Compost Connection to Nutrition

The human health requires 23 elements that come from healthy soil. In order for humans to optain these elements along with carbon, hydrogen, and oxygen they must first be converted by plants to create foods that contain amino acids, carbohydrates, essential fats, vitamins, minerals, enzymes, and fiber. The absent of only one of these 23 elements will eventually lead to health problems in our bodies.

The incorporation of nutrient rich compost in soils allows plants to maximize the absorbtion of these 23 minerals and nutrients to boost the nutrients of food. As we consume these nutrients, our bodies use thousands of enzymes to drive our human engine of metabolism and all the vital functions that keeps us alive. In other words, when you have healthy soil, you get healthy plants which leads to healthy people!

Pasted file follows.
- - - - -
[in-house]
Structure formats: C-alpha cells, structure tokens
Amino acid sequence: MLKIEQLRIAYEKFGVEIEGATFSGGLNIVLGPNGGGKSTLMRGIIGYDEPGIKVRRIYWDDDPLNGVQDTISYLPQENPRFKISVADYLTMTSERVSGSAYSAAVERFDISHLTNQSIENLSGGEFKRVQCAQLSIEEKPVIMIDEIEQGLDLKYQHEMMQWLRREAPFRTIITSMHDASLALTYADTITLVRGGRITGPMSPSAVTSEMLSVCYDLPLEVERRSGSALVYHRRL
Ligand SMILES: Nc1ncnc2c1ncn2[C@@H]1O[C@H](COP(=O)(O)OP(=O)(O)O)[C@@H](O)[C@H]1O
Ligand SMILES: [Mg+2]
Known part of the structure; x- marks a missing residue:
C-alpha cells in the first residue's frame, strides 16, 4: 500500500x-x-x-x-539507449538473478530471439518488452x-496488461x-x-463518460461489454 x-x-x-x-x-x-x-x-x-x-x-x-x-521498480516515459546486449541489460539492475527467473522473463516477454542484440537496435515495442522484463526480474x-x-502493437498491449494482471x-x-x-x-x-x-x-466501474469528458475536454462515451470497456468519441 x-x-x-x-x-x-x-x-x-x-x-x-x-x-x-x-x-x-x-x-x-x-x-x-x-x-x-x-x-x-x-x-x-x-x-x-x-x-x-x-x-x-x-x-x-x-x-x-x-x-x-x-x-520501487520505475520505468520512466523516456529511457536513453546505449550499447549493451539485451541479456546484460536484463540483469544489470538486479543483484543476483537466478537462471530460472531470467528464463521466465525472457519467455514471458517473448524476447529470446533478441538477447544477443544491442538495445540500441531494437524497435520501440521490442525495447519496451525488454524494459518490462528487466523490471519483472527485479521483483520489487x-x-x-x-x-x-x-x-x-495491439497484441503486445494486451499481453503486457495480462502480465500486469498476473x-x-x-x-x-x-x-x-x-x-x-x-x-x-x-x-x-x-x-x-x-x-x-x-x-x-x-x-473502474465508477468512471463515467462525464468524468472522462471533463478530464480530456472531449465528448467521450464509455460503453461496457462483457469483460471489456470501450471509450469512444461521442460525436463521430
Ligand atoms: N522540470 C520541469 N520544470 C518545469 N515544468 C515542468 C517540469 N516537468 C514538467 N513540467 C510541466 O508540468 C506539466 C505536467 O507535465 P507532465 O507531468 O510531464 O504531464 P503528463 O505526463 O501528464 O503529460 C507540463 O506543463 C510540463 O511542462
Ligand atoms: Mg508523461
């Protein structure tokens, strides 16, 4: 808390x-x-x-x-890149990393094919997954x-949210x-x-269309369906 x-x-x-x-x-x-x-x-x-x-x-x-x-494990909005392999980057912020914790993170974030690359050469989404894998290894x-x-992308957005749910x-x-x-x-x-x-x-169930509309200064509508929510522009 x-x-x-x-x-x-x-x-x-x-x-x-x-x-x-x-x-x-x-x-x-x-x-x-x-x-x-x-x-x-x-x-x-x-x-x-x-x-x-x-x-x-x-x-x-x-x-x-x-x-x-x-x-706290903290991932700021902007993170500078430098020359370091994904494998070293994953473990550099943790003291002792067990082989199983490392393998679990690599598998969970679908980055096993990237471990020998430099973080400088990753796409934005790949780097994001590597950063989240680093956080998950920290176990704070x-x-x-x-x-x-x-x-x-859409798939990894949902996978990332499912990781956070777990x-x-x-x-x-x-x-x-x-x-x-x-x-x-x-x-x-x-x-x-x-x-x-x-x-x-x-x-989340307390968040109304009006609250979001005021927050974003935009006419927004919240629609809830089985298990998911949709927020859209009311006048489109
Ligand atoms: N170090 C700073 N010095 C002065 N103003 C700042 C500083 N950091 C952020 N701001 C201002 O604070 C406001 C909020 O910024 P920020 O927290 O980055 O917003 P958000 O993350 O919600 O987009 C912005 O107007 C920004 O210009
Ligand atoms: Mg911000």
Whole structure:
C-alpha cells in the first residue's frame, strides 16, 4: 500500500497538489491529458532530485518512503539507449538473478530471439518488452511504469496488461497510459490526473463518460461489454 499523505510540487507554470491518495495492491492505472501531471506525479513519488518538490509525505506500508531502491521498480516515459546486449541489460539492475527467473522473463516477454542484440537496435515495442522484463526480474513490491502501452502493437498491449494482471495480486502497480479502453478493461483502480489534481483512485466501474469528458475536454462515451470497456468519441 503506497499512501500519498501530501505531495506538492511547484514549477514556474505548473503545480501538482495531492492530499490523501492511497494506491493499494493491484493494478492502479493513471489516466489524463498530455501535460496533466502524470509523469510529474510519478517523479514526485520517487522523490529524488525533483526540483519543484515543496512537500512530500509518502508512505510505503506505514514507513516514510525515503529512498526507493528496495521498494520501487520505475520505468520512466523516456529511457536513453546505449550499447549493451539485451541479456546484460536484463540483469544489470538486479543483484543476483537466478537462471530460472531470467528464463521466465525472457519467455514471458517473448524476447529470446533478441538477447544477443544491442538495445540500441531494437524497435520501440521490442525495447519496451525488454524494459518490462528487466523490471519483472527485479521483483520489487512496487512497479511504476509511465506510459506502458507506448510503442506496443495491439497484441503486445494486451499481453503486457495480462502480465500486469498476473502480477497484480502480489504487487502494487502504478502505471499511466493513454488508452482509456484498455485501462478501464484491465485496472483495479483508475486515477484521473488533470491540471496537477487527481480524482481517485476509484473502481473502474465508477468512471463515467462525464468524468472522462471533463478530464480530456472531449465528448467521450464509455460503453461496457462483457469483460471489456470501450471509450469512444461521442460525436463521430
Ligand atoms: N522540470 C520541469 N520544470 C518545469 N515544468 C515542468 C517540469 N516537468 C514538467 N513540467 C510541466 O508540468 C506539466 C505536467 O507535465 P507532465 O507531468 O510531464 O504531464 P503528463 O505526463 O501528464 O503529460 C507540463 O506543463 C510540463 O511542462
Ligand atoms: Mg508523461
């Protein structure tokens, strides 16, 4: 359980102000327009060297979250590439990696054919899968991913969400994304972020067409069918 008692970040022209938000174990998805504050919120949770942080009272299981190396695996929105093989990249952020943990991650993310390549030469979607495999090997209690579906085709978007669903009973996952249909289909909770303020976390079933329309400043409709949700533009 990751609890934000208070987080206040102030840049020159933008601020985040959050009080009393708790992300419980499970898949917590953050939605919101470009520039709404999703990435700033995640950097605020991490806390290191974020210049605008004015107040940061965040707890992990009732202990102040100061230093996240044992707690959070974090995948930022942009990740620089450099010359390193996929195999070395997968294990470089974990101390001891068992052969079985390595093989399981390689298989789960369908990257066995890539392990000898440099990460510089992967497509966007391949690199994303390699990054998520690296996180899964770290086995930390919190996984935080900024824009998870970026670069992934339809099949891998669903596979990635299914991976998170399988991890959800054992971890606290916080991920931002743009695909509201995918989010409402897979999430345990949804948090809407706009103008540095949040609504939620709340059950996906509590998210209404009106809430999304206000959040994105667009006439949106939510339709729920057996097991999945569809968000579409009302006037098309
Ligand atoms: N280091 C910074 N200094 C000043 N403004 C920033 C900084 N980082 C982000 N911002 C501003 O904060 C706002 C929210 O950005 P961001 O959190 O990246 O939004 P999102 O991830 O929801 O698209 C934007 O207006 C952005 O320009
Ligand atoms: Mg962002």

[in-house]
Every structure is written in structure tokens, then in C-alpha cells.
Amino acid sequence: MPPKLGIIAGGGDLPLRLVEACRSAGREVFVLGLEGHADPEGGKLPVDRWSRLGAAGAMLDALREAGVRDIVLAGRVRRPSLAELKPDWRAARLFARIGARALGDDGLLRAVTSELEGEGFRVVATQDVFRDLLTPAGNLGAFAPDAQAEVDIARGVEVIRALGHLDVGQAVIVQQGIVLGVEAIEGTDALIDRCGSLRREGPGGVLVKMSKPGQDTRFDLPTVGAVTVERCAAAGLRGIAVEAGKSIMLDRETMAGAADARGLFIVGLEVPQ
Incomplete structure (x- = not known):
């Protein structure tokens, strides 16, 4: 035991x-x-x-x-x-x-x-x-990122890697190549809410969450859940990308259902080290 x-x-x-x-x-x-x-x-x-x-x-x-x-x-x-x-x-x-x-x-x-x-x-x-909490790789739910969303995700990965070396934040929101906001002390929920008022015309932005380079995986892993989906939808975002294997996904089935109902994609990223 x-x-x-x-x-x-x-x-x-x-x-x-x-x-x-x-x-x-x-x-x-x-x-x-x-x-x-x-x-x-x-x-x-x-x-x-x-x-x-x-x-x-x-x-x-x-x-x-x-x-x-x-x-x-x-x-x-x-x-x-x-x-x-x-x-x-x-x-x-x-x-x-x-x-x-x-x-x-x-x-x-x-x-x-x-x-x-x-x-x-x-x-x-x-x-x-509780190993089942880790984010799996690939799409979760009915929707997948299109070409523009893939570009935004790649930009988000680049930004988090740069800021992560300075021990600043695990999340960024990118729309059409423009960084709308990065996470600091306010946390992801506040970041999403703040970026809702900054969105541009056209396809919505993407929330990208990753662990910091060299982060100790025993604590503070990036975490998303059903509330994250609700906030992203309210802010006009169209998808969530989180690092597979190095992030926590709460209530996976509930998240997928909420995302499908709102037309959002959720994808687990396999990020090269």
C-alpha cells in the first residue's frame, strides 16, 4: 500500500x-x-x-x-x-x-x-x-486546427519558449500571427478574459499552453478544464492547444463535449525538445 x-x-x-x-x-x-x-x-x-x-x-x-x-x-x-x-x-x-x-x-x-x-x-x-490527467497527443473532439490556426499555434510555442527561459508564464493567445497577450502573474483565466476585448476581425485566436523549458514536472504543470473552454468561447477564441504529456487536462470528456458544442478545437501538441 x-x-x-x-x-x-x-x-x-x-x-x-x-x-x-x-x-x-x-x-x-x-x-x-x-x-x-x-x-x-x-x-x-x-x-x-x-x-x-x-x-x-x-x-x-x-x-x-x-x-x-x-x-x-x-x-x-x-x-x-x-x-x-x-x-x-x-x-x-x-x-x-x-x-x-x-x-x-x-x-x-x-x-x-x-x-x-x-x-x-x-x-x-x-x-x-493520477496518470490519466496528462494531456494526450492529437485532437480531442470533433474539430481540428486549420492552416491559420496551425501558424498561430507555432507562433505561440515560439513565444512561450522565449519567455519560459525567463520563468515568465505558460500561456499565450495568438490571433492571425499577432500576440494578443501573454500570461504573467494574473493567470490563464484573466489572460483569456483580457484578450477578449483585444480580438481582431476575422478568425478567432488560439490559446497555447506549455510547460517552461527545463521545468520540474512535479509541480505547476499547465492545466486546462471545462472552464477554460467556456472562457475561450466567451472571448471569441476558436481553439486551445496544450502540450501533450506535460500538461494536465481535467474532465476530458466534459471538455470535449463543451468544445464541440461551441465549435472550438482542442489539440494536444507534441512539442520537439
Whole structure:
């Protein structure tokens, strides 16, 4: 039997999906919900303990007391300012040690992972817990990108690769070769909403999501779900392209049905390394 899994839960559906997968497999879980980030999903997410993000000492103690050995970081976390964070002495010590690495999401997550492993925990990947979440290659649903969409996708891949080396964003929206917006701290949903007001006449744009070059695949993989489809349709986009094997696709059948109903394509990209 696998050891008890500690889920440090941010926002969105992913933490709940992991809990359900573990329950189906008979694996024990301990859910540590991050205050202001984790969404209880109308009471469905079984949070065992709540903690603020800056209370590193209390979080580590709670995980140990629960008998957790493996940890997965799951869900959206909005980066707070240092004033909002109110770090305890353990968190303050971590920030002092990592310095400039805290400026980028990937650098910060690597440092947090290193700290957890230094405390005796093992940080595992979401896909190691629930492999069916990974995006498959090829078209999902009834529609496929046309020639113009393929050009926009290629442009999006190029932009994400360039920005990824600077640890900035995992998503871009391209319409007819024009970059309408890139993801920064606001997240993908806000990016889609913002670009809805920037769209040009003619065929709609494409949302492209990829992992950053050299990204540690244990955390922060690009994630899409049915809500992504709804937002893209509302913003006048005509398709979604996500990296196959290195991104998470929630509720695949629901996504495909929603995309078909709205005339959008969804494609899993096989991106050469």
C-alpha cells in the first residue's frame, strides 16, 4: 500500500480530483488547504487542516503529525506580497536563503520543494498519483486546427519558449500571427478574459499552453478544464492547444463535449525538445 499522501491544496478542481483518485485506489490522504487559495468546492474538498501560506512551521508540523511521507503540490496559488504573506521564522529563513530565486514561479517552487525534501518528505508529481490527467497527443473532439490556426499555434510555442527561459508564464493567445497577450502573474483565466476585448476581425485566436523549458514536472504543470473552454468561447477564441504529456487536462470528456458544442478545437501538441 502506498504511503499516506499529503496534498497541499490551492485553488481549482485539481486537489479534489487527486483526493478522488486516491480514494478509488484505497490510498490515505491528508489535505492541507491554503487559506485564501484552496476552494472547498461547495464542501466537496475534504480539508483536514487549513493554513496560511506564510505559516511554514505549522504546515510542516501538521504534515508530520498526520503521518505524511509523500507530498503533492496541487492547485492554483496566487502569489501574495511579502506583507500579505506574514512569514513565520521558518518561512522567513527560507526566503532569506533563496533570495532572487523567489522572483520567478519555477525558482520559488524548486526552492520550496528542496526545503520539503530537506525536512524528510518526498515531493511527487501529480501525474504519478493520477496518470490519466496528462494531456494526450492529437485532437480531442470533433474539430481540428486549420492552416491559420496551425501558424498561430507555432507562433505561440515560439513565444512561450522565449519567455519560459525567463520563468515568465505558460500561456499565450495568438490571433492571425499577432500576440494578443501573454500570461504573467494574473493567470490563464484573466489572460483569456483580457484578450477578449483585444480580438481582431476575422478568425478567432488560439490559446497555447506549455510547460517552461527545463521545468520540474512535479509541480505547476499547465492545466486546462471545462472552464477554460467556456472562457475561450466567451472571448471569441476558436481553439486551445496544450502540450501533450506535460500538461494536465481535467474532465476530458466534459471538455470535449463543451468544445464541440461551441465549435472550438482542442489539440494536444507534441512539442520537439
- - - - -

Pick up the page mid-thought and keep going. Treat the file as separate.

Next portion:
Benefits of Composting at Texas State University

Bobcat Blend has reduced the amount of garbage being sent into the mainstream landfills by nearly 50%. Before Bobcat Blend food pick ups from the dining halls; waste would be picked up everyweek if not more. Now landfill pick ups are only every other week.

Bobcat Blend is able to create natural fertilizers without the use of synthetic chemicals and non organic methods. The use of rich compost in the landscapes around campus reduces the amount of water and irrigation needed because of compost's great ability to retain moisture within the soil. Nutrients return to the soil such as nitrogen, phosphorus, potasium along with many other trace minerals.

In May of 2012 Bobcat Blend recieved the Pollution Pervention award from TCEQ (Texas Comission on Environmental Quality). Bobcat Blend is proud that we are doing our part to conserve earth's environment and by protecting and conserving our natural resources in San marcos like Aquarenea Spring Lake.